WordPress Questions & Answers — Draft podcast

In this episode, Joe and Brian answer listeners’ WordPress questions, from topics like Multisite, to understanding taxonomies versus posts, the state of the WordPress importer, and more.

Welcome to the Post Status Draft podcast, which you can find on iTunesStitcher, and via RSS for your favorite podcatcher. Post Status Draft is hosted by Joe Hoyle — the CTO of Human Made — and Brian Krogsgard.

Today, we answer questions from Post Status community members, who asked us all sorts of stuff on the Post Status Ask page. If you’d like to ask a question, be sure to go there and we’ll see if we can answer it on a future show.

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Questions & Links

We answered the following questions:

Why WordPress?

In a survey I did before my PressNomics talk, the top answer for what’s important to people in regards to the WordPress world was the quality of the community. WordPress’ ubiquity — powering 26% of the web — helps too.

What is the biggest mistake you made learning WordPress? (Or, what would you do differently?)

Joe and I each shared what we tend to do wrong when learning new things. We are fully on opposite ends of the spectrum. Recommended link: Just Build Websites. Also, my post on learning WordPresss holds up pretty well, considering I wrote it in 2014.

Why did a lot of web and WordPress people get upset about the Mandrill pricing changes, when we want people to value the work we’re doing ourselves?

We discuss what made Mandrill’s pricing changes controversial, and why we think some level of “outcry” is understandable here. Basically, Mandrill isn’t differentiated enough to warrant the new pricing, in our opinions. However, it’s obviously their right to change their pricing and structure, and the questioner has a valid point in how we value other services versus our own.

The WordPress REST API clearly has the attention of savvy WordPress developers, but will it really change WordPress as we know it?

It’s hard to know exactly how the REST API will change WordPress. It partly depends on how extensive the core inclusion of the API is. But at a minimum, the WordPress REST API plugin will be maintained and offer a new way of interacting with WordPress for anyone that wants to do so. And efforts into learning the API will definitely be transferable to using other REST APIs on the web.

Why isn’t the WordPress importer being worked on more intensively?

Good question! We talk about the state of the importer, some other options like WP Migrate DB Pro, WP All Import, and WP CLI. We also discuss how to get involved with open source development.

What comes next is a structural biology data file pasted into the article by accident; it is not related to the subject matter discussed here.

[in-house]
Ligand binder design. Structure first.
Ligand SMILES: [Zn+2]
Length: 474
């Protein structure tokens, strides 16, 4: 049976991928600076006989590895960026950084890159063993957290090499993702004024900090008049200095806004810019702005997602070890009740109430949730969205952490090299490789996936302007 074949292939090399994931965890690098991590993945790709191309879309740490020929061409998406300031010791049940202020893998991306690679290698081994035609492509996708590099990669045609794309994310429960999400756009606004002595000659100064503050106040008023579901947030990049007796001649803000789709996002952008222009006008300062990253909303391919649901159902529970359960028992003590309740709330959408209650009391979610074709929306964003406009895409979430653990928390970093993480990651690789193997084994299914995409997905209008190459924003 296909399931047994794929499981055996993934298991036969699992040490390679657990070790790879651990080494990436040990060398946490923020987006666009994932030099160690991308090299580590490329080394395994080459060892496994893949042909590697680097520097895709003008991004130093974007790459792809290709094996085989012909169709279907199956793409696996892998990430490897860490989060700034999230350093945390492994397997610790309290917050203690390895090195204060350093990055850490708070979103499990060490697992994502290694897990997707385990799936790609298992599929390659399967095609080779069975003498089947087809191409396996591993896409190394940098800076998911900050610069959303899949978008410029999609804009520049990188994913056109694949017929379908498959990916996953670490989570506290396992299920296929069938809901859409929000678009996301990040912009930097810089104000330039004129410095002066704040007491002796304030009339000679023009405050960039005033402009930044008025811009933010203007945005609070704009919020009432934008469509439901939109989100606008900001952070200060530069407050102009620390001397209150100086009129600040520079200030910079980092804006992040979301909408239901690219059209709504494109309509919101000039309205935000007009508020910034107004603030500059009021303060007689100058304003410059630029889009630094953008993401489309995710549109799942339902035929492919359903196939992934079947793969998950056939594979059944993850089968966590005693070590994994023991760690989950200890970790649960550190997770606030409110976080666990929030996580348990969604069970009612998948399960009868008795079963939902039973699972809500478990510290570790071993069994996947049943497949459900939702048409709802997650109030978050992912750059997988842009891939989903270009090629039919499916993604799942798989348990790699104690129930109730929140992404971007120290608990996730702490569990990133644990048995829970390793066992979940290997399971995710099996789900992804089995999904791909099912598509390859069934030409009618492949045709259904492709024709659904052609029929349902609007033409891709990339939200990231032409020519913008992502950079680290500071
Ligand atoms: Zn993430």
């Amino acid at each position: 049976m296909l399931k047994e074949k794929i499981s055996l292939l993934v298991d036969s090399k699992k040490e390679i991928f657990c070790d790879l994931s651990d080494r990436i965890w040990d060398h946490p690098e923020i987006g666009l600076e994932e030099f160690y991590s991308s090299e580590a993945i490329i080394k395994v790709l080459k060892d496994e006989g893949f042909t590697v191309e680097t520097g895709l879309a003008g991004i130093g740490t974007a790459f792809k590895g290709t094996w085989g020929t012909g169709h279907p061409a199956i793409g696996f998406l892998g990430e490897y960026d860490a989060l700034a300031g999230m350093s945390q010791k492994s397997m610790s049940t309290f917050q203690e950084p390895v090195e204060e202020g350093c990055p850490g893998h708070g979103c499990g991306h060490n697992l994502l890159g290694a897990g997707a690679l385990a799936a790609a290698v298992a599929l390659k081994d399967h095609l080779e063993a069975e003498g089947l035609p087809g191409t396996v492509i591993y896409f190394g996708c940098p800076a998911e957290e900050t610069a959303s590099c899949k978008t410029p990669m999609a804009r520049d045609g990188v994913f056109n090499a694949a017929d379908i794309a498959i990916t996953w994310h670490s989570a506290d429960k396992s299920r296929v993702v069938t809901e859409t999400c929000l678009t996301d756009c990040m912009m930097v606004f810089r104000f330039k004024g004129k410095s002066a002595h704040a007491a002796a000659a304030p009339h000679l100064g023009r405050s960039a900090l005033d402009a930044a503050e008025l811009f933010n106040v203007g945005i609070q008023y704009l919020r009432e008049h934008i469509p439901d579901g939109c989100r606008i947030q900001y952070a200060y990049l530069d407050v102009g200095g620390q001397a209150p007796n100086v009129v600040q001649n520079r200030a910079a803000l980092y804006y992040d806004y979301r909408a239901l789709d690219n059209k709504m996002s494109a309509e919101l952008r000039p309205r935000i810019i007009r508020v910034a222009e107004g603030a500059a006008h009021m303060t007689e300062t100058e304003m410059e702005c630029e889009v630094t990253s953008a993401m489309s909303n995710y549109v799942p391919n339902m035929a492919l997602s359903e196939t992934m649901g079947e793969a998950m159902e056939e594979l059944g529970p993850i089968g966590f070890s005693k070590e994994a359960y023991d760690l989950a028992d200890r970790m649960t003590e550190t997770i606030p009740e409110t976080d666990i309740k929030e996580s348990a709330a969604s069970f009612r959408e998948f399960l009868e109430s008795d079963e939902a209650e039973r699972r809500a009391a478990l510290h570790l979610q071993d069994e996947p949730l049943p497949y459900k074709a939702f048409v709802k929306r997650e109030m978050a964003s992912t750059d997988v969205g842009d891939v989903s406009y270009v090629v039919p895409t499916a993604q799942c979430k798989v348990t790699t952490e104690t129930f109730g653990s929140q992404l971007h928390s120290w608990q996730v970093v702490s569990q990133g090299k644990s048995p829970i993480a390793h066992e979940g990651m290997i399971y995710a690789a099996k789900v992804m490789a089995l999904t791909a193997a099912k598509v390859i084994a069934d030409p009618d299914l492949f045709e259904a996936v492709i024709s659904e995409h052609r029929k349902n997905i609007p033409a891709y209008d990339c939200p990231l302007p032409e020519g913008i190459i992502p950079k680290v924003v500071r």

Should taxonomies have the same feature capabilities as posts in the future?

There’s been a lot of interesting work on taxonomies in the last several releases, and you can read more about some of that and find links going back from my release post for WordPress 4.4. However, we think taxonomies and posts should be different. With the introduction of term meta, it is more important to consider architectural choices well in advance. Finally, the Fields API will be interesting in how it affects customizing term edit screens.

How should I use my own domains with Multisite?

This turned interesting! Fortunately, Multisite component maintainer Jeremy Felt came through while we were on the show to point us to tickets that were merged in WordPress 3.9 for enabling simpler domain mapping, and in 4.3, when a better UI was introduced. So, today, it’s much easier to use a custom domain in a network — within the existing WordPress Multisite options interface — versus using a tool like Mercator.


In addition to these questions, we also banter on about some other things and answer a few less serious questions we got from funny listeners. And at the end, I make a pretty big announcement…


Today’s podcast is sponsored by Design Palette Pro. Design Palette Pro makes it easy to customize pretty much any Genesis theme, without touching code. It’s perfect for when you’re helping a friend with a website, but they don’t have a full service budget and you don’t have time to custom code every element. Get a great website in no time, with Design Palette Pro. Go to GenesisDesignPro.com for more information. Thank you to the team at Reaktiv Studios, who builds Design Palette Pro, for being a Post Status partner.